Change is finally coming for the Charter Street Heating and Cooling Plant on the University of Wisconsin-Madison campus after more than 50 years of operation. Responsible for providing electricity and steam to most of the university downtown, the plant was the largest state-owned coal burning facility in 2006 by more than an order of magnitude, and consequently a major source of carbon dioxide emissions, not to mention other pollutants. The UW is now preparing to clean up its act, though.
Back in May, the Sierra Club filed a federal lawsuit against the university, arguing that renovations were made to the plant without proper permits or the installation of modern pollution control technology in violation of the Clean Air Act. At the same time, the state DNR found the plant in violation of its standards, setting into motion a process that would require the university to upgrade the facility.
On Wednesday, November 7, a U.S. District Court judge for the Western District of Wisconsin issued a decision finding the UW and state government in violation of the law over the last five years. With the judge likewise ordering technology upgrades to the plant, it was only a matter of time before the university changed course.
Following several weeks of negotiation, the Sierra Club and the State of Wisconsin announced a consent decree to transition the Charter Street plant and twelve other coal-burning facilities, including three others in Madison. As described in the environmental group's press release:
The settlement has three primary components: 1) The State will cut coal use at the Charter Street power plant by 15 percent beginning January 1, 2008, 2) the State will expand its ongoing clean up study for the Capitol Heating and Power plant to include the clean up and replacement of the Charter Street plant and complete this study no later than July 2008, and 3) the State will conduct a public review of the compliance status of the twelve other state owned coal-fired heating plants in Wisconsin and remedy any identified violations no later than December 2009.This agreement marks the latest stage of a multi-year campaign by the group to reduce and eventually eliminate the use of coal as fuel in power plants around Madison, including the large downtown MG&E facility on Blount Street.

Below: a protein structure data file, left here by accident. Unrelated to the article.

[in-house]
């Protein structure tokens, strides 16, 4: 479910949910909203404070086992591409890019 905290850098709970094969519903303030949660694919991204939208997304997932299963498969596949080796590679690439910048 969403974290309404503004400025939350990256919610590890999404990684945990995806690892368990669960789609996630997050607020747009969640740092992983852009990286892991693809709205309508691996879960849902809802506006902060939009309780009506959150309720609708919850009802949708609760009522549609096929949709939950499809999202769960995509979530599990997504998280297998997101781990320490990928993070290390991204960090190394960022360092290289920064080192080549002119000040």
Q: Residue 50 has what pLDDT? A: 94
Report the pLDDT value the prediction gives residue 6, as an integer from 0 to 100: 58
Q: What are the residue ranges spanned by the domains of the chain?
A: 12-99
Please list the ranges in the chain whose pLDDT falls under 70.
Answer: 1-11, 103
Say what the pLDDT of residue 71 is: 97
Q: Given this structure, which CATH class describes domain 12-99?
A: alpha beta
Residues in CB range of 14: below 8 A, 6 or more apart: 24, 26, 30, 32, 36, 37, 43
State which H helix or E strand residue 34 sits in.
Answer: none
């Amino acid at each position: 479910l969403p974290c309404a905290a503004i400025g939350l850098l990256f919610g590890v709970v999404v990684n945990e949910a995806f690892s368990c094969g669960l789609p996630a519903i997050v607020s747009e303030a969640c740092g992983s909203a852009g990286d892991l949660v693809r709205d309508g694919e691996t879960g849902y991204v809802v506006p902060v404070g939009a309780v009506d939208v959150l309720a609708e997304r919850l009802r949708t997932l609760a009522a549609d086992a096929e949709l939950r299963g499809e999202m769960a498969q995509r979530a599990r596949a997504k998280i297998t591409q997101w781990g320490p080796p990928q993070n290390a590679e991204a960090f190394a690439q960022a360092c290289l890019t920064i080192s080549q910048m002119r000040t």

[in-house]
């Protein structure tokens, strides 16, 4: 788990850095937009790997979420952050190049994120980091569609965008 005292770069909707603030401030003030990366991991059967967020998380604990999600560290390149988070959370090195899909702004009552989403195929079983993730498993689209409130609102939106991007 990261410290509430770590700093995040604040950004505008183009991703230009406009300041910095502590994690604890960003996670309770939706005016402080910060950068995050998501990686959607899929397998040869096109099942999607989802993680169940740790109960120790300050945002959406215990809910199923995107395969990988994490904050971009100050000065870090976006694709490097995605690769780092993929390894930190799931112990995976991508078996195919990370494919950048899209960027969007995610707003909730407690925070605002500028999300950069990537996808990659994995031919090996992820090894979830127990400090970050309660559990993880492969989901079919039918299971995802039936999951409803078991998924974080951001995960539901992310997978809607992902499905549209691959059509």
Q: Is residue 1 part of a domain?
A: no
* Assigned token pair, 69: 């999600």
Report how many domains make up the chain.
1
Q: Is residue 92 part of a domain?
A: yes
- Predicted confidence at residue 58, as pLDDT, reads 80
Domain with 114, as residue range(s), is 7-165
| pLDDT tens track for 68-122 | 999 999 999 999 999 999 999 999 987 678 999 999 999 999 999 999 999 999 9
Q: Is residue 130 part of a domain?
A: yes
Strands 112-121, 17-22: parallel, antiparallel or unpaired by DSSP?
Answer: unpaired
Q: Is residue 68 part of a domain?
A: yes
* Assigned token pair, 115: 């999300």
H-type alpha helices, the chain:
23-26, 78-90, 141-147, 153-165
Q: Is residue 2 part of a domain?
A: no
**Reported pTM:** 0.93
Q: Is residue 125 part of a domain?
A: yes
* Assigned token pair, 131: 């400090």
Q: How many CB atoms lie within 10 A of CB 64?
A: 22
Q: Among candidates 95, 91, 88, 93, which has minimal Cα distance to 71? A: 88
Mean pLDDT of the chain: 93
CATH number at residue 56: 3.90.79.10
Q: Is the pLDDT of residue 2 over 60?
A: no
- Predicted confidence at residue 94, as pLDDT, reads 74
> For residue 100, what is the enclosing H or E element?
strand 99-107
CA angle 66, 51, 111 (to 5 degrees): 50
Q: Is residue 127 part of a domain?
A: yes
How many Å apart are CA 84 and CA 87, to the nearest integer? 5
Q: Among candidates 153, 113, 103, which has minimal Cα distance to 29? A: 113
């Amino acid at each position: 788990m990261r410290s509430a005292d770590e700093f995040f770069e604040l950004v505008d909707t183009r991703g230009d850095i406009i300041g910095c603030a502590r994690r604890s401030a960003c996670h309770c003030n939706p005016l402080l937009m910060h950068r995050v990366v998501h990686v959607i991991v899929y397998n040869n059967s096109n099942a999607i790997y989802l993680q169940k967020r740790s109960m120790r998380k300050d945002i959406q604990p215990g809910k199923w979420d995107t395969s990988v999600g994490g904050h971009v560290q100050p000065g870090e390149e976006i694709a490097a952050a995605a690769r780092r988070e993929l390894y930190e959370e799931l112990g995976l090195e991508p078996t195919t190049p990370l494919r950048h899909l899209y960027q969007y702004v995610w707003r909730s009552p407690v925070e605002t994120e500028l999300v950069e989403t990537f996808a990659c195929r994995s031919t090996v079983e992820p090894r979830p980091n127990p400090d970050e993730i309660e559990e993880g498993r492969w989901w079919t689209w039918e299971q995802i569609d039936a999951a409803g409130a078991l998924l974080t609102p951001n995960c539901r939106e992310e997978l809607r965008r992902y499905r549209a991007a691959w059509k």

The lead counsel for the Sierra Club in the lawsuit was David Bender, an attorney with the Garvey, McNeil, McGillivray law firm of Madison. After the court's decision was announced, he gave an interview about the lawsuit against the plant for video report about the issue featuring excerpts of the interview follows.
On the Earth Productions also produced an extended version of the report and interview with Bender.
Later on Monday, the UW associate vice chancellor for facilities Alan Fish issued a statement on behalf of the university regarding the federal court consent decree. He said:
"Along with our partners at the state level, we have made an immediate commitment to reduce coal use at the Charter Street facility by 15 percent and cap usage while we identify ways to move forward with efficient and cleaner options.
"Because we're reducing coal use, we can achieve our goal of reducing coal-generated emissions through energy conservation, purchasing or generating energy from renewable resources and changing the way we use our fuels and facilities. Today's agreement is a victory for all of us who are interested in moving forward with cleaner technology and ensuring a reliable source of energy for the campus.
"The cooperation shown by the Department of Administration and the Department of Natural Resources helped solve what has been a difficult problem and has set us on a course to achieve our goals of energy reliability and continued environmental stewardship. This agreement puts in place a workable, responsible way to help the state and the campus find answers for the future and a cleaner environment for today."
Shortly after the court's decision, UW engineering student Mike Fay took a tour of the coal plant for a class, subsequently sharing his impressions and numerous photos of the antiquated and soon-to-be transformed facility.
"Overall, the plant had quite an unearthly feel to it," he wrote. "There were multitudes of pipes, machinery, and who knows what all over the place, all of it on a bigger scale than a person, all of it going in all directions, a few floors down, or soaring higher into the hot darkness. Who knows what half of it does. Loud and noisy, all out of control, yet completely under control. I felt like an interloper who had walked in on an industrial symphony."